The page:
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PHP 4.4.4, Apache 2.0.x and MS SQL 2005 SLOW/Performance Issues

Posted on 2006-10-27
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Last Modified: 2013-12-13
We just moved from MySQL to MS SQL ... It was a group decision based on our dept. needs.  

When we hosted MySQL previously it was on the same machine as Apache and was lightning fast.

Now that we've moved to MsSQL 2005 on a remote machine (still local network) with Apache our site are ALL super slow.

I have run any checks, but I have done some reading and it seems these is a common problem.

Pages w/o SQL are still quick and without delay.  I'm not too found of the soon to become extinct DLL that allows for connectivity between PHP in Windows w/ Apache and MS SQL.  But I don't think that's the problem (or could it be?).

Our PHP queries are simple... Select * which returns maybe 10 lines.  I'd say it's at least twice as slow, if now worse.

Any ideas?

Thanks!
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Question by:jgantes
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Expert Comment

by:Guy Hengel [angelIII / a3]
ID: 17825270
listening...

I have a similar problem with having mysql on another domain than the web server with asp.net + c# + mysql 4...


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Author Comment

by:jgantes
ID: 17827109
I can't figure it out for the life of me...  It's slow as heck.  It can't JUST be that it's remote.  The servres are each Core DUO w/ 3GB RAM on their own Gigabit switch.  

And if you're having issues with MY SQL and not MS SQL, that says that maybe it's a PHP windows or Apache issue?
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Author Comment

by:jgantes
ID: 17830403
Interesting... We rebooted and it was still slow.  But now, a day later, it's quick agian.  I can't figure this out!!  It must be something to do with Apache or PHP
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Accepted Solution

by:
Richard Quadling earned 190 total points
ID: 17848431
I'm been using PHP5 with Sambar Server and MS SQL 2000 (Developer Edition locally and Enterprise Edition in production).

I used to use the php_mssql.dll extension, but this was just too flawed.

Instead, I use the ODBC mechanism.

I have a simple OOP factory to wrap MS SQL, MS Access and Sage Retrieve 4GL databases.

Whilst ODBC is NOT the best way to go, it does provide a simple route for me.

In terms of performance, I'm very happy with it.

I DO use persistent connections.

I ALWAYS put the full table names in the SQL statements (db.owner.table) rather than just the table name as I have multiple SQL servers with multiple databases but using the same connection credentials.

I make use of views and stored procedures where appropriate. I also run the Index Optimizer on the queries on a semi regular basis to see if I can increase performance of the server.

Persistent connections are probably going to help and not using plain CGI (I think FastCGI for Apache supports persistent database connections).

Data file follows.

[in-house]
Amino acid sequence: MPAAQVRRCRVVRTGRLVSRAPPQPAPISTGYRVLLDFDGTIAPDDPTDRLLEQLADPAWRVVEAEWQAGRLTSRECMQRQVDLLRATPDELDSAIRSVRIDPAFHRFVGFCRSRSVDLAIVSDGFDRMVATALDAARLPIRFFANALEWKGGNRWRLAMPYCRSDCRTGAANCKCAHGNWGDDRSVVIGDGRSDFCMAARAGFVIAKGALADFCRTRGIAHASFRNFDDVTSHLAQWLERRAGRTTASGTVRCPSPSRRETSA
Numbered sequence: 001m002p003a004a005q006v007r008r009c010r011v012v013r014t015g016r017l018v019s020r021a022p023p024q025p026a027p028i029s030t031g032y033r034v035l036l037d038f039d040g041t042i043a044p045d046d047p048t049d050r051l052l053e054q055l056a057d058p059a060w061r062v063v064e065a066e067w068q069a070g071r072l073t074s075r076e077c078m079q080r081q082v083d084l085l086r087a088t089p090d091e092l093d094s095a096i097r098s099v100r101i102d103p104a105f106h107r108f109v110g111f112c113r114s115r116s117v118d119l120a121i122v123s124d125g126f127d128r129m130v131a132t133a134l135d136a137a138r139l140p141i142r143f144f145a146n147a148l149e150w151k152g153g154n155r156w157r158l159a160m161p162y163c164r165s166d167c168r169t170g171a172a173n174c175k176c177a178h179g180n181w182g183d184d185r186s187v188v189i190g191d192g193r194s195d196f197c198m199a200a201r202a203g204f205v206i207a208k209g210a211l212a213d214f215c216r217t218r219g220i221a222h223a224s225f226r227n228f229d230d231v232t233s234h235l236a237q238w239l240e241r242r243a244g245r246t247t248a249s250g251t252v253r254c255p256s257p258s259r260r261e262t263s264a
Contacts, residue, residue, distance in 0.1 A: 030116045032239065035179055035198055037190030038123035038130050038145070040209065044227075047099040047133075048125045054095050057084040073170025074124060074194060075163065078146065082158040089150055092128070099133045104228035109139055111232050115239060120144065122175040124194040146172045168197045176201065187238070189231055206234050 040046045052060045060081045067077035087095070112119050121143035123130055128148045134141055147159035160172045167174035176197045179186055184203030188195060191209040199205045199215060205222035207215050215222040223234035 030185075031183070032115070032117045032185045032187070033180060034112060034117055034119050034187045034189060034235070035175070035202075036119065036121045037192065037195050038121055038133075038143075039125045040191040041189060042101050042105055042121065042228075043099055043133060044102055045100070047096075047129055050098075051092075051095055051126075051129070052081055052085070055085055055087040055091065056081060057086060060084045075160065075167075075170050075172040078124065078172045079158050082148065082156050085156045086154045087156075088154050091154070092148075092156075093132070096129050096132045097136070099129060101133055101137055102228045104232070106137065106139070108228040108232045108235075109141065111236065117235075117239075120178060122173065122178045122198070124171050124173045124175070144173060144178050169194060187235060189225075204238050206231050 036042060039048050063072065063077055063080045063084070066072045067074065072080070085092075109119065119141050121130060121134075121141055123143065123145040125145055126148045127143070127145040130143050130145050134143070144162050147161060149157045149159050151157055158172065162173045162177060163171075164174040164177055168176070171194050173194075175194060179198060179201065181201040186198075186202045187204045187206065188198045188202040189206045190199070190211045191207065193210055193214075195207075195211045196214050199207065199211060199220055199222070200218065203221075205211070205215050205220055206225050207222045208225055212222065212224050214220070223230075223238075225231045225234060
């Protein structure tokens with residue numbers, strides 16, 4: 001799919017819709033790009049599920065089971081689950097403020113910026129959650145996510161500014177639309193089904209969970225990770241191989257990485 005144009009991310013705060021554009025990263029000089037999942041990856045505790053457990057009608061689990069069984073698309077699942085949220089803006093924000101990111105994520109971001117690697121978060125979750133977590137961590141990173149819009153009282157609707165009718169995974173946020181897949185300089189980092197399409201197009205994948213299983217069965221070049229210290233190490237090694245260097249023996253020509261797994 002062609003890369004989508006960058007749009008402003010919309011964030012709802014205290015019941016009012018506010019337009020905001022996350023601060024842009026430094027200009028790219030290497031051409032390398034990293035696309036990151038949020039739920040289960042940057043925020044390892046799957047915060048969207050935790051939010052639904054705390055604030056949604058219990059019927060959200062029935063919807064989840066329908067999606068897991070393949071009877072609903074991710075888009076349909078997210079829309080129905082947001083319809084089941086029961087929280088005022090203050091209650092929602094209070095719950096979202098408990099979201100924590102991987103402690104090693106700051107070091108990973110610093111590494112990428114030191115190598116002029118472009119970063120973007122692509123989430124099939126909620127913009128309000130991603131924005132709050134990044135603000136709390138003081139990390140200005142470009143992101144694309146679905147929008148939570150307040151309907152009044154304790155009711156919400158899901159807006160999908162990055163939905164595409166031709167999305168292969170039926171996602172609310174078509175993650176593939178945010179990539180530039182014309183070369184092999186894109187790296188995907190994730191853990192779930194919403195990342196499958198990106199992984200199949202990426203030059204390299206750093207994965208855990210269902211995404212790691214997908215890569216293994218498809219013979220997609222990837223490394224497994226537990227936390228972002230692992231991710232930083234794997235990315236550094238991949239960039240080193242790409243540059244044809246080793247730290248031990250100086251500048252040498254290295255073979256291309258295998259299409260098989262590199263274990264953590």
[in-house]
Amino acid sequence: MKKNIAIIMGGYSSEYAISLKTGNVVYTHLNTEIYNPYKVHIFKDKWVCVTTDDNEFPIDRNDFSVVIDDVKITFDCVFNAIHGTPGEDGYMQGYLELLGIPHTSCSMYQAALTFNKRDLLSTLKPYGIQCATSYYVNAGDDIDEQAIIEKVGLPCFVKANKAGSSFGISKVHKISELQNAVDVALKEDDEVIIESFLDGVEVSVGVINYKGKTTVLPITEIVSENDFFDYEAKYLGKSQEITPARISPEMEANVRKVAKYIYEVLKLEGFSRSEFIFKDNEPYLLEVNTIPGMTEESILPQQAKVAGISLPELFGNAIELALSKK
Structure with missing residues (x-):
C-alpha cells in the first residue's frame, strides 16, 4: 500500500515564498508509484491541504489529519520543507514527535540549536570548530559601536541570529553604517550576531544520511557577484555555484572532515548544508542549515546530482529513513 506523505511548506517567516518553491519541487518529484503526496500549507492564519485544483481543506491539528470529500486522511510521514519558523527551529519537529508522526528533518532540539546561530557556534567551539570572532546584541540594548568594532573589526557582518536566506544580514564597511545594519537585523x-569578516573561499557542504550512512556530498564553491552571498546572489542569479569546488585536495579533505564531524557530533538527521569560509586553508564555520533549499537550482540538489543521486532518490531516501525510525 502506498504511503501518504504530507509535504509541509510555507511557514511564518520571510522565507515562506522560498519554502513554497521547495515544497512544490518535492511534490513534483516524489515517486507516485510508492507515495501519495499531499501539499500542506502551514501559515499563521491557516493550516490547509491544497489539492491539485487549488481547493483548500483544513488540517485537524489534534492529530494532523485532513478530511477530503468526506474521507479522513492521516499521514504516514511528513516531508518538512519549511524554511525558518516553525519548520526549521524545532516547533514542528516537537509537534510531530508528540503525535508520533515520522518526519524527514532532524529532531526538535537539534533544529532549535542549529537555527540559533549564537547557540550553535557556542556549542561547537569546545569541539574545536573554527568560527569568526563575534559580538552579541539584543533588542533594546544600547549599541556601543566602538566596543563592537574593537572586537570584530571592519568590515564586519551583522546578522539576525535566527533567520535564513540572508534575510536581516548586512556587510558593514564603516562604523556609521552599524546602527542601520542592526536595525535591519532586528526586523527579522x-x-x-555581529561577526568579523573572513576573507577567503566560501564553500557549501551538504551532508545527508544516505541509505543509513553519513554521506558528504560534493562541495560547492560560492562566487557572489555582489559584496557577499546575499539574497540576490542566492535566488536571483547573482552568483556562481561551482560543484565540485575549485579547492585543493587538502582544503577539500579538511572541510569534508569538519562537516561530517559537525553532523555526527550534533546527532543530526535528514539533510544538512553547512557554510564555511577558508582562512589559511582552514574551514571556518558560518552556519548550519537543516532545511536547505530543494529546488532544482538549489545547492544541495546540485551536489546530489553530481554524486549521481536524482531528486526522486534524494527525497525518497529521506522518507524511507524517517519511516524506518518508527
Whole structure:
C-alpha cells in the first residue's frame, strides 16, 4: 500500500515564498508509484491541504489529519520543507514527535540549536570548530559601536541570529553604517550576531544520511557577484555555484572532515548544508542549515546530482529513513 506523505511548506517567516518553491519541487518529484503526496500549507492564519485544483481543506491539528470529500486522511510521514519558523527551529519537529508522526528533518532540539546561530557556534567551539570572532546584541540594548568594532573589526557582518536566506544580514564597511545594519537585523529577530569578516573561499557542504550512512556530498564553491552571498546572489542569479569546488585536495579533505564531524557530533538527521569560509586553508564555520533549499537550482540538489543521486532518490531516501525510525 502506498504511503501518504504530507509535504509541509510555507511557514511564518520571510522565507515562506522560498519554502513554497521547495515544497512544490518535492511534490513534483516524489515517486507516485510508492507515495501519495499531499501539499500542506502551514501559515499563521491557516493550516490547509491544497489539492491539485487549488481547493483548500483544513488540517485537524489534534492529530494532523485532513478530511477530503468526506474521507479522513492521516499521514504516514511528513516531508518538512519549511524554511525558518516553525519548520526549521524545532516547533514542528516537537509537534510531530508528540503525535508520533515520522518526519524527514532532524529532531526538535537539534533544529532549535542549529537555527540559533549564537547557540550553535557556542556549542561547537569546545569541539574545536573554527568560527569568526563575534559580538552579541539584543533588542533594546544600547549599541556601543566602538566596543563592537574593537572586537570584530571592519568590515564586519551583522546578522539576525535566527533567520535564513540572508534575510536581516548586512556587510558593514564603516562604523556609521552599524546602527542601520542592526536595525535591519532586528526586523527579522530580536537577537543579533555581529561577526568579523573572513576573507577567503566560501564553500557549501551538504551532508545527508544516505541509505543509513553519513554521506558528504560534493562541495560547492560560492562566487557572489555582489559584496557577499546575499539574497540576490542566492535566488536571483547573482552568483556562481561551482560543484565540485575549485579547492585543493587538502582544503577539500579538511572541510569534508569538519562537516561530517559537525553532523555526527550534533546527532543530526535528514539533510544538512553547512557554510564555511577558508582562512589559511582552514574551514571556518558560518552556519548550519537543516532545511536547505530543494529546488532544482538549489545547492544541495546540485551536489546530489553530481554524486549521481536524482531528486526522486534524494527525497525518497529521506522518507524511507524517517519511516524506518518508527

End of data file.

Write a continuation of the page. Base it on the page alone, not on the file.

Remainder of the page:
Erm.

Other than that, just the usual stuff.

1 - Always make sure you name ALL the columns you NEED. Don't use SELECT * as this is wasteful.
2 - Take care when making joins to make sure you select the smallest amount of data on the left before you start joining/filtering. Not 100% sure that this makes any real difference any more for MSSQL, but certainly does for Access and Sage DBs. I can restructure the joins on a query and make it VERY VERY slow with Access - even though the results are 100% identical.
3 - Run the optimizer to make sure you have appropriate indexes available to speed the query.
4 - Sort the data only if needed - I was surprised to see how often I did not need the results sorted.
5 - Make sure the SQL server has access to as much RAM and Processors as possible.
6 - Make sure you have the right licenses for SQL server - too many connections may either result in a slow down on the server or no access!
7 - Do not run the development dbs on the same server as production as the memory will be effectively shared between the DBs. Sure, LRU and MRU mechanisms are in place but for the same of £35 for the 5 user Developer Edition, it sure isn't worth the hassle and slow down.
8 - Don't have compression enabled on the SQL data storage! You'd be surprised the number of times I've seen customers being cheap on upgrading disk space and have enabled compression and just how nicely SQL MDF/LDFs compress! Joy!
9 - Something I read, but have not been able to adequately test ... If your DB is read only with regard to a specific application, then use a db_readonly/db_denywrite role. I've read that this makes certain improvements, but I'm not sure (and I can't find the link - sorry).

Hope that helps some.
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Author Comment

by:jgantes
ID: 17851873
There doesn't seem to be a concrete answer (so far) on this issue.  So thanks for the help RQ!
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